5th Sunday Lent – What an amazing context!!!

Jesus enters Jerusalem

California Jesus enters the city.

As “they” say on Facebook: “You won’t believe what happens next!” Watch this.

Jesus’ Triumphal Entry into Jerusalem – John 12:12-19

 The next day a great crowd who had come to the feast heard that Jesus was coming to Jerusalem. 13 So they took branches of palm trees and went out to meet him, crying, “Hosanna! Blessed is he who comes in the name of the Lord, even the King of Israel!”

A. Branches of palm trees reveal the crossroads of the Path to Life and the Way to Death. On the one hand, the Book of Revelation, written in the tradition of John, shows this scene depicting events in heaven at the Last Day: 

Revelation 7:9            After this I looked, and there was a great multitude that no one could count, from every nation, from all tribes and peoples and languages, standing before the throne and before the Lamb, robed in white, with palm branches in their hands.

B. On the other hand, as Dennis Hamm, SJ tells us: “[Palm branches] are not merely a symbol of royalty; they connote a pride and a claim to power this is national. For most of Jesus’ contemporaries, palm waving evoked a very particular moment in their history of the time, some two centuries before, when the Maccabees celebrated their successful revolt against the oppressvie Syrian overlord Antiochus IV (an event still commemorated annually a Hanukkah). On that occasion, when the people had purified the Temple of Antiochus’ desecration, they marched about waving palm branches (2 Macc 10:7). Ever since, palms had been a symbol of Jewish nationalism, as evidenced by the palm branches struck on coins during the Bar Kochba revolt. 

C. Application: Waving Palms sets us at the nexus of the full-hearted praise of God and our idolatrous allegiance to whatever or whomever we hail as a WINNER. To cope with our human frailty, we seek to identify with someone strong, powerful, and invincible. Or so we hope…

The Packers, Cubs, the Creighton Bluejays, a political party or leader, an ecclesial leader or antagonist, some sort of hero/heroine. Such identification with a group buttresses or self-esteem. When they win, we’re elated. When they lose, we’re crushed. Wave those palms next week remembering your gods! I will.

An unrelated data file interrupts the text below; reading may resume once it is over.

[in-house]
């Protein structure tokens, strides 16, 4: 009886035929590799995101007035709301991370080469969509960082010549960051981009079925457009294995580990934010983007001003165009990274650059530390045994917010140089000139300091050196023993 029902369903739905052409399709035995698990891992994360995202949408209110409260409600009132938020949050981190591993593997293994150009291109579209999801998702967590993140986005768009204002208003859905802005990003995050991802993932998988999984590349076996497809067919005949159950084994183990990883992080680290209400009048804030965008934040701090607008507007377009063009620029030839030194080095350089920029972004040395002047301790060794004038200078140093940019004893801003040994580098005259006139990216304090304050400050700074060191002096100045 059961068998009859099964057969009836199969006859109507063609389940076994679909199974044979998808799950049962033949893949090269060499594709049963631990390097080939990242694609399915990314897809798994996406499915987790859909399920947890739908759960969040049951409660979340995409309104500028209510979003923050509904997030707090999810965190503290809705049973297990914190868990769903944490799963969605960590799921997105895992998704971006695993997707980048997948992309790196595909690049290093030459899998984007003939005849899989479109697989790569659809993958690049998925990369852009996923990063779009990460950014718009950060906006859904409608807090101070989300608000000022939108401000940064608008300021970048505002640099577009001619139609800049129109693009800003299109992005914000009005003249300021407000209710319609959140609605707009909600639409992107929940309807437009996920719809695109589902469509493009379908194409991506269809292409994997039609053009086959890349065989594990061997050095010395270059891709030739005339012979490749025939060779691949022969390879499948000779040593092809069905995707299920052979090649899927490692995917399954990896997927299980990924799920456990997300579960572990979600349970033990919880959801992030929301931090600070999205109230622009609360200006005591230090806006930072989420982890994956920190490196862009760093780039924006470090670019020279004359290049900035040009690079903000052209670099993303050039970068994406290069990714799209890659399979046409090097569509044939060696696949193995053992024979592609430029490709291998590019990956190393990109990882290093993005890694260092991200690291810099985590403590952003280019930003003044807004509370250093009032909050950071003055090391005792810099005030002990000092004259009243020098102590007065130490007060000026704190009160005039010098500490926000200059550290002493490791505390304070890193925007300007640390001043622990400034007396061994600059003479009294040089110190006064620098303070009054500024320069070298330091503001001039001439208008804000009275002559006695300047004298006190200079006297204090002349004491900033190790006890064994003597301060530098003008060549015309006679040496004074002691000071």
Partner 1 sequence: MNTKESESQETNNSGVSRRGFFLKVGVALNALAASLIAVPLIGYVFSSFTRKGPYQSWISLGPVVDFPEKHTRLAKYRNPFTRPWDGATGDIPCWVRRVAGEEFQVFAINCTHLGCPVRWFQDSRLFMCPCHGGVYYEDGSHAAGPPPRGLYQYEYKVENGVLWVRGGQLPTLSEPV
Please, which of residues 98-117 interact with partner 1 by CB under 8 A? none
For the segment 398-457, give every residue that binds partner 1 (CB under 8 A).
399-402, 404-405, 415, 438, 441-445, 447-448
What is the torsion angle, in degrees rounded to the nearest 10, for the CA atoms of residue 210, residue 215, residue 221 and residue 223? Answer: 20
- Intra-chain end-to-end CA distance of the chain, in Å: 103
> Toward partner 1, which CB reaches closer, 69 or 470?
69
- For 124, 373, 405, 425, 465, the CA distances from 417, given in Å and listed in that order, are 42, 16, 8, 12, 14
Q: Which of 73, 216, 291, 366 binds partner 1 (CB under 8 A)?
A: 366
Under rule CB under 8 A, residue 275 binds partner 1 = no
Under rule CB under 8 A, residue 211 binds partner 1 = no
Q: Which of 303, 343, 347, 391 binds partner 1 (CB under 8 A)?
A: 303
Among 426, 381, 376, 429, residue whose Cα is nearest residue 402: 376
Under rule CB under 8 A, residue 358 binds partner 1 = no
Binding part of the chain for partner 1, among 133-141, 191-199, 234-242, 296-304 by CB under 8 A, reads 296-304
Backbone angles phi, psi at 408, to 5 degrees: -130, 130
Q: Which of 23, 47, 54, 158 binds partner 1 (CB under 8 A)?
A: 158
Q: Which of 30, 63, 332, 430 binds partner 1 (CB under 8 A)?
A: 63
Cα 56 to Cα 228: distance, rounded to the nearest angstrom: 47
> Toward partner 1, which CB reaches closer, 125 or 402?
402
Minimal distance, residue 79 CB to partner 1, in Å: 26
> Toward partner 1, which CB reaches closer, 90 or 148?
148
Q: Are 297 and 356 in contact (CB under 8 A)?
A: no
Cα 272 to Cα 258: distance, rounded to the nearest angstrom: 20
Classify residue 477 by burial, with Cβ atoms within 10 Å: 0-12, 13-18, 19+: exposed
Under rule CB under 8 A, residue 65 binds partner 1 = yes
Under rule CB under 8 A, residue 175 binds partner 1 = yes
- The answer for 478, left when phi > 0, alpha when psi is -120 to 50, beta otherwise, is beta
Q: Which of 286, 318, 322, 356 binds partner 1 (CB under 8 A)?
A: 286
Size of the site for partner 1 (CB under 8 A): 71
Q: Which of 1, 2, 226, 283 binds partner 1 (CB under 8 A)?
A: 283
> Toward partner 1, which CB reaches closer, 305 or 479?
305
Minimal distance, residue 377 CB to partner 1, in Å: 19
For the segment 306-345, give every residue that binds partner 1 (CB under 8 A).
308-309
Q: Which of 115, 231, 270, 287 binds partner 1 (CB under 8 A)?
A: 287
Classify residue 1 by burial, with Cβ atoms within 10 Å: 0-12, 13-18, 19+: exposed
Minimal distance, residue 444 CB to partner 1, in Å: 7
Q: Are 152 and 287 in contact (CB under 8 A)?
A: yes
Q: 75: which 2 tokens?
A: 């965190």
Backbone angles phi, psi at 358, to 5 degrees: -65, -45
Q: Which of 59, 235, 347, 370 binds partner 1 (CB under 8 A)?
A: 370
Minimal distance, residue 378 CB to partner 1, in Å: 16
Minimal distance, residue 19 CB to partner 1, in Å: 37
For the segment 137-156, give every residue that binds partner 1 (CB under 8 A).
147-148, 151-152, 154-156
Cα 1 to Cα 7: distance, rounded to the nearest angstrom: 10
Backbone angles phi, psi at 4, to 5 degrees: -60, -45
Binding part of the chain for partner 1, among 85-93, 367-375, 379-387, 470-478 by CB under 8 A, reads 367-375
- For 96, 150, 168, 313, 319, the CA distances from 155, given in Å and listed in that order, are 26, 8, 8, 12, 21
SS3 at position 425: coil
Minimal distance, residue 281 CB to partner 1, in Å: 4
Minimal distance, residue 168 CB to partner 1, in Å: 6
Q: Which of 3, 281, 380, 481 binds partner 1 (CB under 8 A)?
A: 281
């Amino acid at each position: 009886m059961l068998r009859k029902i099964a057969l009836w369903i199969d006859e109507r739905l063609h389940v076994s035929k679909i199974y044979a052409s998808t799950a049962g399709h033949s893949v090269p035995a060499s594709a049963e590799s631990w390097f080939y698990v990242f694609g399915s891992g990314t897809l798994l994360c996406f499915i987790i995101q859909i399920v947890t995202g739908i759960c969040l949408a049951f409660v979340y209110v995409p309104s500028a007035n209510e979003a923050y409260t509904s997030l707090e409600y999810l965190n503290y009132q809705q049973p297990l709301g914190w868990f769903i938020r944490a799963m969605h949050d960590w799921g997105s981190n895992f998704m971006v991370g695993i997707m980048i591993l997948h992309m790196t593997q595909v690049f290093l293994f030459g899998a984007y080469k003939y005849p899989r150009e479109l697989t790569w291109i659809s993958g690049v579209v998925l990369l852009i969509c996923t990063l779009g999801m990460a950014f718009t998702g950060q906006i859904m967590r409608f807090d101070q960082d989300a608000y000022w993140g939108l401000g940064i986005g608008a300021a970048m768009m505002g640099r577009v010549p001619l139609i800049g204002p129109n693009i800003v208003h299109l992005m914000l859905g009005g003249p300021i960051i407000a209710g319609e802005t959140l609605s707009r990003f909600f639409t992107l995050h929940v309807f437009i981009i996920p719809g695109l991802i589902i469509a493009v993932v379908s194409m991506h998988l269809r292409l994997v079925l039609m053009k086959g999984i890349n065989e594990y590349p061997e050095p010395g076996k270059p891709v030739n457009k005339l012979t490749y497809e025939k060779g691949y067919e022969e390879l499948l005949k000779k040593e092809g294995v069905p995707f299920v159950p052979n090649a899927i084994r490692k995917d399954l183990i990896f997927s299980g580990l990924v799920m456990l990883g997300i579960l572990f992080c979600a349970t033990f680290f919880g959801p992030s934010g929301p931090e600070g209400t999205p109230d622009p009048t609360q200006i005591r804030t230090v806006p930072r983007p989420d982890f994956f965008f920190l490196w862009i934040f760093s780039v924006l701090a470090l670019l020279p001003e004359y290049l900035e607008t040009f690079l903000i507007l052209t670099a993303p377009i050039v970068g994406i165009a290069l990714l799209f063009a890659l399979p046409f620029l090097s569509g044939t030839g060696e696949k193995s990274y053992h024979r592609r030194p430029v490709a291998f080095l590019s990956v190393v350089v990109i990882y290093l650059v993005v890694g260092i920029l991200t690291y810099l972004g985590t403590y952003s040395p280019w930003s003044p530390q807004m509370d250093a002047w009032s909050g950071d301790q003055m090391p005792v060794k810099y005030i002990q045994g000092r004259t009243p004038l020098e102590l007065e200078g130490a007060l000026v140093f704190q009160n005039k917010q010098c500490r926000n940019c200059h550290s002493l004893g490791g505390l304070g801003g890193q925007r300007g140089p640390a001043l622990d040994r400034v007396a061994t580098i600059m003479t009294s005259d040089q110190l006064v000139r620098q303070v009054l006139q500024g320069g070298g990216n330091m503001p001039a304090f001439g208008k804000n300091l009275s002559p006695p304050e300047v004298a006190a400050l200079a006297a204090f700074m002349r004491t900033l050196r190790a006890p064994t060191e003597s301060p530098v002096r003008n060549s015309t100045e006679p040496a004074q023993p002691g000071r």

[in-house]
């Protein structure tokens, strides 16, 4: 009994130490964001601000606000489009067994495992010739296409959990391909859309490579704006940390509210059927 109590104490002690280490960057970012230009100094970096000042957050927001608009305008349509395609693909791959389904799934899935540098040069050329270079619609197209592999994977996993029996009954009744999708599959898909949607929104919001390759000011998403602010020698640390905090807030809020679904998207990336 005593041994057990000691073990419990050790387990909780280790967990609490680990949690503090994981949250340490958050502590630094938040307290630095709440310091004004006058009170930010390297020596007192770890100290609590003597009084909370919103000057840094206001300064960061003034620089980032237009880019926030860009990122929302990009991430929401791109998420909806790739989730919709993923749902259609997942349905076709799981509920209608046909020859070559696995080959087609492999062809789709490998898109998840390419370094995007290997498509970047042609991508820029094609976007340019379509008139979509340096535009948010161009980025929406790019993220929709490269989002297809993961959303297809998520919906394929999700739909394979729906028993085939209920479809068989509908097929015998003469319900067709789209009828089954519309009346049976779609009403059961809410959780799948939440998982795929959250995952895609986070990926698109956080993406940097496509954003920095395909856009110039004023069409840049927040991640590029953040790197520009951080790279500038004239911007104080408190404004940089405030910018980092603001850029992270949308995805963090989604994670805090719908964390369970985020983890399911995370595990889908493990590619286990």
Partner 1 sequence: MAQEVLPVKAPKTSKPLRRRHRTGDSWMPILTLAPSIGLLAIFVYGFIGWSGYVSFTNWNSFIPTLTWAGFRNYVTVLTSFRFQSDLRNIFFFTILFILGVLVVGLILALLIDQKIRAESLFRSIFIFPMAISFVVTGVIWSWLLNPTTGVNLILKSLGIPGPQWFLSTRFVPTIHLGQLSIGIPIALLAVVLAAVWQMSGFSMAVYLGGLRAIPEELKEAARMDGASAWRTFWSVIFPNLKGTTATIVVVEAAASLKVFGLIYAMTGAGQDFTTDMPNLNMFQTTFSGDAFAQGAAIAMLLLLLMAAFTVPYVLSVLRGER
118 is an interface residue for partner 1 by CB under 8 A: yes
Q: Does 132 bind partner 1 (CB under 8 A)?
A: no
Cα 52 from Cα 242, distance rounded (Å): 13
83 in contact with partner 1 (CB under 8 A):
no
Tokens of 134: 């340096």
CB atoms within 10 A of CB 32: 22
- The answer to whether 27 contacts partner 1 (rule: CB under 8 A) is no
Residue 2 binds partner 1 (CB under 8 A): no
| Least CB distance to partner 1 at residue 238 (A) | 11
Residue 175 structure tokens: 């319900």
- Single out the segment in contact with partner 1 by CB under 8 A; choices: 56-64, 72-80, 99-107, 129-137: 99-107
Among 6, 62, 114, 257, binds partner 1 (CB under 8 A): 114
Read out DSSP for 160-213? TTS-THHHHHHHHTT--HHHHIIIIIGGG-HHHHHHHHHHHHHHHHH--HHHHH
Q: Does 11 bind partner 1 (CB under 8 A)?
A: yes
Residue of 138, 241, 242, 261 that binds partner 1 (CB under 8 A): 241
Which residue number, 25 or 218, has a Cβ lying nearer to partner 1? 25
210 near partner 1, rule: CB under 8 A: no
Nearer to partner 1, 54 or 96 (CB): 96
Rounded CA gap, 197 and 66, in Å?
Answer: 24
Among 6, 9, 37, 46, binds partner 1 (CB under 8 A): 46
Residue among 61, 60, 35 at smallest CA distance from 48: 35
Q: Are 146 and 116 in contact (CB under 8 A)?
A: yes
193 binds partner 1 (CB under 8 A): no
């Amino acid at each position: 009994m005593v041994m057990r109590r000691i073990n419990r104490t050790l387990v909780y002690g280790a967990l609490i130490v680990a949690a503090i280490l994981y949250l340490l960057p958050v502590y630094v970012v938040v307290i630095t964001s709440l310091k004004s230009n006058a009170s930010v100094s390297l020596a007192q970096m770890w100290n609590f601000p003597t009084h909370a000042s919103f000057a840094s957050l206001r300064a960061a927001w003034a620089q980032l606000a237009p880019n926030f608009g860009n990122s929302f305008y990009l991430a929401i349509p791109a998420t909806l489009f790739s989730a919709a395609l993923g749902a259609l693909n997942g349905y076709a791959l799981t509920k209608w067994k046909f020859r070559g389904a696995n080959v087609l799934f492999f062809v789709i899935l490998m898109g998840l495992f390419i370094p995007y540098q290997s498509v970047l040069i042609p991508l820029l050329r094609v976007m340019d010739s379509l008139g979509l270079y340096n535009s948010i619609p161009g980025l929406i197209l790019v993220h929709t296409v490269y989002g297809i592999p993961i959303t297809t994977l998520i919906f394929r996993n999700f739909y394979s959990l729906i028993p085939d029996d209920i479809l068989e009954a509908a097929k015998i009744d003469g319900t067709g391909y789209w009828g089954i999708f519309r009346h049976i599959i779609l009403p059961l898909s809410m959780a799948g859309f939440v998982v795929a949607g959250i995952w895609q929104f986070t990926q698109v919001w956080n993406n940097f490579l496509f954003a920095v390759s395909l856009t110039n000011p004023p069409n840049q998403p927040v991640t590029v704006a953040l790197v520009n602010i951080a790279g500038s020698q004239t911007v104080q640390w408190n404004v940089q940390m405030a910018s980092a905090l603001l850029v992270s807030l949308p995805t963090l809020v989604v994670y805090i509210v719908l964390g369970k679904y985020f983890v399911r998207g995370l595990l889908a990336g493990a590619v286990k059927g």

14 And Jesus found a young ass and sat upon it; as it is written, 15 “Fear not, daughter of Zion; behold, your king is coming, sitting on an ass’s colt!”

Jesus’ response to “King of Israel” acclaim was to grab a colt to make a counter-sign of humility. He refused to accept the nationalistic enthusiasm of the crowd with its all implications.

16 His disciples did not understand this at first; but when Jesus was glorified, then they remembered that this had been written of him and had been done to him. 17 The crowd that had been with him when he called Laz′arus out of the tomb and raised him from the dead bore witness. 18 The reason why the crowd went to meet him was that they heard he had done this sign. 19 The Pharisees then said to one another, “You see that you can do nothing; look, the world has gone after him.”

Application: In good Johannine fashion, the author demonstrates the ironic use of ‘world’ here. On the one hand, the Pharisees lament how many people went after Jesus. “Seems like everyone!”

On the other hand, and this is key: the ‘world’, that which opposes Jesus, went after him to make him be their kind of king, rather than the king he was going to be. INRI. 

Hence, when in Sunday’s gospel, Jesus says, “Those who love their life lose it, and those who hate their life in this world will keep it for eternal life,” he’s pointing not to earth, but to the world of making other gods, other heroes, other idols to safe us from our terrible yet precious vulnerability.

All this leads into Sunday’s gospel.

 

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